Saturday, December 17, 2011

My Winter Project

     Scanning the vast mounds of unpainted miniatures that forty years of wargaming has provided me with I contemplated a winter project, a single undertaking that I could use a a guiding star through the dark months ahead. My attention was captured by an opened box of plastic Vikings that I had raided for figures for my Barroom Brawl game some months ago and had just left the unused portion in the box. This teetered precariously on the stack of boxes of plastic minis that were awaiting assembly and paint. I decided that the Vikings would be my winter project at that moment.

     A week or so later it turned out that the Tuesday gaming group was meeting at my house and consisted solely of Joe and myself, rather than play we assembled some of the Vikings while discussing the pros and cons of Two Fat Lardies rules. By the end of the evening we had built a box of Vikings that were ready for paint. I do like the plastics as you can make simple and subtle adjustments in the posing of the figures so that no two models are the same.

Wargames Factory Vikings, the painting begins

       Further rummaging around in my stockpile turned up three longship models that were unbuilt and two completed ones. One of the finished ones is the old Revell kit (nicely detailed and fairly accurate, but rather fragile) the others are the Smer kit from the Czech Republic.

the Viking ship by Smer, box-art which pretty well reflects the appearance of the model

      The Smer model s not as accurate but is sturdy and comes complete with rowers while being dead-easy to build. You can get them from Squadron for under twenty bucks. As I have five models total I probably won't be buying any more. This model provides space on the deck for crew as well as the rowers and comes with shields to hang along the side and decals to decorate them. A pretty good deal in all. The Revell kit costs about twenty-five, Revell also makes a Hanseatic Cog that could be used as well, but it comes in at an eye-popping seventy-five dollars (too much for a model that will essentially just be eye-candy). A few minutes spent of Ebay looking under "viking ship model" shows that a lot of the old Heller kits are floating around at pretty reasonable prices as well.

     I plan on running a short "campaign" where the players each command a longship as they set out from Norway to trade and loot Northern Europe. I already have a pile of Saxons, Normans and such to serve as targets for these adventurers but will have to built a Dark Ages village or two and probably at least one Manor House and a church.

     The success of the players will be weighted by the value of trade and loot as well as scored for acts of daring and bravery. Sort of like Gorka-Morka but without the head-to-head aspect. Players will be free to join forces to take on  harder targets, although that may lead to squabbling between them as to who gets the spoils. As the campaign master I will be running the passive defenders (assisted by anybody that shows up and is not an active Viking player at the time) and track the movements of the ships as they travel across the storm-tossed seas. I figure that I can allow between four and eight players (the more the merrier) as it is unlikely that they will have all their forces in play at the same time.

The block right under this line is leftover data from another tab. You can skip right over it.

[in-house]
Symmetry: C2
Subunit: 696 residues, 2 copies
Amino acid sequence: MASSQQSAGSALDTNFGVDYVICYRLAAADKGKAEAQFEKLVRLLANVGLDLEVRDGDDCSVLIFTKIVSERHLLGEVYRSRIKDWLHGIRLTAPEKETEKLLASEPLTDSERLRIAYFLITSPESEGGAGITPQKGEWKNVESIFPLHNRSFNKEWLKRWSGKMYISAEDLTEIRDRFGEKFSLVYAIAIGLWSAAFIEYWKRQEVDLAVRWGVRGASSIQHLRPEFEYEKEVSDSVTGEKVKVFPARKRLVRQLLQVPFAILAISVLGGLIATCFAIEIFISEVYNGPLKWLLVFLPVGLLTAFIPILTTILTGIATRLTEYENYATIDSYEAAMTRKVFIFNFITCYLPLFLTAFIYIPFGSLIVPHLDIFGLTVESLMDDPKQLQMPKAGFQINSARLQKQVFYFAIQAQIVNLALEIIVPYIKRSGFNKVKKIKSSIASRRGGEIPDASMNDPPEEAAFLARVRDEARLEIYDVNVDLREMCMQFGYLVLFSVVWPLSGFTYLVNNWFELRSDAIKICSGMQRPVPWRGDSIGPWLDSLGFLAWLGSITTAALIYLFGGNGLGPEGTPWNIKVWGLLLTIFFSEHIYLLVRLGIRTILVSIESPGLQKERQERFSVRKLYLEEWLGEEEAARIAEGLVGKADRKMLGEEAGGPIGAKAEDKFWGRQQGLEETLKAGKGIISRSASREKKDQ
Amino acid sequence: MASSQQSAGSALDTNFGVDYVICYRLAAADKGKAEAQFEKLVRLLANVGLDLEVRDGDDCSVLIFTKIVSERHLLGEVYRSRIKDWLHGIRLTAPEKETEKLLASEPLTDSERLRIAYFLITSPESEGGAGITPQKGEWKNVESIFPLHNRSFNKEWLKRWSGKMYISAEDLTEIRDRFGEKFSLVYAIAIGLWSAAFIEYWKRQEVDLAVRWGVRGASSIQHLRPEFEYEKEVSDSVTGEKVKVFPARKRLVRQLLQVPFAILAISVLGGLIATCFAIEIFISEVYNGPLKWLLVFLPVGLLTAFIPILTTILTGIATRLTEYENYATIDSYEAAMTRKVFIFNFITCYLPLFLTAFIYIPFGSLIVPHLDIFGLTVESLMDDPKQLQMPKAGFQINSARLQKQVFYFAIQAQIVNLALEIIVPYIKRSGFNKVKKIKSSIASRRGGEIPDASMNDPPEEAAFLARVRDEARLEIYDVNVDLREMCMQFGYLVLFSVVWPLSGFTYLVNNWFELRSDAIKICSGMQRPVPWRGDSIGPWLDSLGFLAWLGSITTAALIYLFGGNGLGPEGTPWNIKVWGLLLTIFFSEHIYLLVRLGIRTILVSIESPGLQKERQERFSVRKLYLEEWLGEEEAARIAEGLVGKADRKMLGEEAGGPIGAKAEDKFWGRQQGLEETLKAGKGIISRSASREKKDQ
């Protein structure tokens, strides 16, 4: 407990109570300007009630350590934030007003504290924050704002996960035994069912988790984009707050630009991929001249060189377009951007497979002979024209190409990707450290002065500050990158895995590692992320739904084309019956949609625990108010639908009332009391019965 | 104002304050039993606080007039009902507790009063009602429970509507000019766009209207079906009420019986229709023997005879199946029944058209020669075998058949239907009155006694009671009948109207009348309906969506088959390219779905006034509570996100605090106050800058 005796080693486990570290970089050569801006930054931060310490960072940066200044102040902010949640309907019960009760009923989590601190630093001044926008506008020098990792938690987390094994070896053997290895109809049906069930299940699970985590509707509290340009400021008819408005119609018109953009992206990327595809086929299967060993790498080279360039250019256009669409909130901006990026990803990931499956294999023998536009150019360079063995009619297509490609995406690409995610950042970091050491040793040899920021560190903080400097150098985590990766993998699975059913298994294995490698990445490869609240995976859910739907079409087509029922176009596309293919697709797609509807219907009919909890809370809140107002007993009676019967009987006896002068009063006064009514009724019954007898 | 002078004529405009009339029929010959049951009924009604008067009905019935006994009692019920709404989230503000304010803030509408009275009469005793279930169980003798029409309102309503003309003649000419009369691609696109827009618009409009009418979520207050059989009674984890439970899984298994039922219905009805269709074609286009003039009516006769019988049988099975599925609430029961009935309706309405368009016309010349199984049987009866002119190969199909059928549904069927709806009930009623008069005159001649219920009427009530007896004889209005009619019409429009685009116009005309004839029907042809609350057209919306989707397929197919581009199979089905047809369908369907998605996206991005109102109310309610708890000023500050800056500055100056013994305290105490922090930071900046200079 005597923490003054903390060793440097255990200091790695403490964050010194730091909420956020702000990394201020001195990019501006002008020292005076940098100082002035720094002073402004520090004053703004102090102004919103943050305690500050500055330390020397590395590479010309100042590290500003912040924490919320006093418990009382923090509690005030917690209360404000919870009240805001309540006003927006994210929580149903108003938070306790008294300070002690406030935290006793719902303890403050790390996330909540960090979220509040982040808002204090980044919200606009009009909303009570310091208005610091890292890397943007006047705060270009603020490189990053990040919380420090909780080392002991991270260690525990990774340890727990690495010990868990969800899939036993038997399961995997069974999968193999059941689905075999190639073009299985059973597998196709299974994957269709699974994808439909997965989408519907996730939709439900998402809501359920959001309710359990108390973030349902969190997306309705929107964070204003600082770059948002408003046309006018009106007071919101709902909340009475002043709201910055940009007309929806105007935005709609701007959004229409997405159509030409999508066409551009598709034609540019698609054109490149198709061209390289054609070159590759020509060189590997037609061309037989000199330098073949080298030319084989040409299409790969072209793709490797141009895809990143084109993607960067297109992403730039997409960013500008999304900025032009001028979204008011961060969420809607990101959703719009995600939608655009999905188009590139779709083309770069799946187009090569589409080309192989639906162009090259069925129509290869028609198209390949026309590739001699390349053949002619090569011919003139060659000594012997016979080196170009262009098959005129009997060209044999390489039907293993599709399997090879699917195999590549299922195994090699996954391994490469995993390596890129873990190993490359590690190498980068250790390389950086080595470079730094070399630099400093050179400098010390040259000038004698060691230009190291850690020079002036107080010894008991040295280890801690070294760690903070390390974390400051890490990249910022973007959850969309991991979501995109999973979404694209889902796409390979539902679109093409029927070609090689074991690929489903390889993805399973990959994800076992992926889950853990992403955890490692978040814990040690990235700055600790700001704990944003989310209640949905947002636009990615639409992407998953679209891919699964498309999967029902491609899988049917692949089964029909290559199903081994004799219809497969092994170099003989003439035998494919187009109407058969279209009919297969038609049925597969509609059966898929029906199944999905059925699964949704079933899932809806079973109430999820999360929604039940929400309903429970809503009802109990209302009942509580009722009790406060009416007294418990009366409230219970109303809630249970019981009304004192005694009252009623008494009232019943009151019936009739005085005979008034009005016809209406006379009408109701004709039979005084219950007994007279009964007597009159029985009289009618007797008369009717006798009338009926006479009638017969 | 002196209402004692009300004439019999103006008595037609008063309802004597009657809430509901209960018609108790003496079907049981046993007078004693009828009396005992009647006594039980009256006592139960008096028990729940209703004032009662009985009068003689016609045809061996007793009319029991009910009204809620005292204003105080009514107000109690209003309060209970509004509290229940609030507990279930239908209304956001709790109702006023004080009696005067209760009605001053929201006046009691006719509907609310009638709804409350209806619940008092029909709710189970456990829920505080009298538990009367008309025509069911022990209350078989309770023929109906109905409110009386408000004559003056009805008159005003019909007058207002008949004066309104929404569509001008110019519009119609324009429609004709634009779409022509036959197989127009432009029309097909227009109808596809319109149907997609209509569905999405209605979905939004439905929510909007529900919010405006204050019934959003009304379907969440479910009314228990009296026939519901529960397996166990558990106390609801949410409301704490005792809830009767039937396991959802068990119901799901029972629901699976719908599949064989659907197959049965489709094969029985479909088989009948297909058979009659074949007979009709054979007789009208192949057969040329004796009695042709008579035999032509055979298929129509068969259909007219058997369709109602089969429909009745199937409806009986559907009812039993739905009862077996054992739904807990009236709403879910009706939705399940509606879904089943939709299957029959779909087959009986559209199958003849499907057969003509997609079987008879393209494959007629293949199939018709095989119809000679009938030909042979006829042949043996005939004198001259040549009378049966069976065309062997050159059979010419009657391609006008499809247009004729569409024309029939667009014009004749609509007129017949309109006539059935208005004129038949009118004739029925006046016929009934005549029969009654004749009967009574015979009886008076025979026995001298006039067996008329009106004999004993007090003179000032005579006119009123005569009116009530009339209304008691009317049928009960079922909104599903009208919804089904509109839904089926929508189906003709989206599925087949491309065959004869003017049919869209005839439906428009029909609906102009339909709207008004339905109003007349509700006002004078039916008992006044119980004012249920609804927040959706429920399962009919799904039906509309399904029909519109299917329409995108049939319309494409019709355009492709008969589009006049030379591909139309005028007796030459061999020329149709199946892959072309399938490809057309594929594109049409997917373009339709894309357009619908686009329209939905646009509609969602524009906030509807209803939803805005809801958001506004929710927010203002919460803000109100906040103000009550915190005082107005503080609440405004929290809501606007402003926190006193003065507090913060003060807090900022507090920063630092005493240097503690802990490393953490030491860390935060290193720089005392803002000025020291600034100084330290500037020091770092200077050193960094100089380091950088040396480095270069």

I am still deciding on what rules to use; SAGA looks like a different approach and has reviewed well (but I haven't had an opportunity to read through the rules) and there are tons of skirmish rules out there so I will probably spend as much time reading rules as I do painting.

     More on this as I make further progress.


  1. I bought SAGA from a seller in England. The rules are very simple. The key to the rules are the individual traits of the viking, saxon and etc. You will need to make the dice for the type of group. All their special fighting styles are generated by the dice. Hobby Lobby has the viking ships. With their 40% coupon the ship is a great bargain.


  2. First off: "while discussing the pros and cons of Two Fat Lardies rules"

    Right there is exactly why *certain* people ruin games and gaming. The over analysis *certain* "members" of our group love to engage in (despite rarely running a game, if ever, to actually test mechanics) is an impediment to everyone else's enjoyment. While listening to them prattle on about these rules vs. those rules, you have to eventually ask, "to what end?". What do you not like that you have decided needs changing... er... "fixing".

    And in the end it all hinges on poor information or personal opinion over great so-and-so was in combat, ect. If people want to debate rules agendas (which often, weakly, revolve around price) or the sad trend of "who/what is better" debates, let them do it afterward, after us gamers have enjoyed PLAYING the game.


    And to counter the obvious response of "this is why this discussion was conducted on a non-gaming night" - There is no doubt in my mind that *certain* "members" "conclusions" about any rules will be forwarded, inopportunely, dragging down yet another Saturday night.

  3. RUP, such grumpiness.....we were discussing the WW1 rules, which AFAIK have never been posited to the group.

    All the same, none of this is apropos the subject at hand.


    free viking skirmish rules that are good. they cover all of the aspects that you have alluded to wanting to include in your campaign, as well as having a random defense force generation chart based on the size of the settlement you are raiding as well as slight differences to region. they are also rather hero-centric, which i think fits.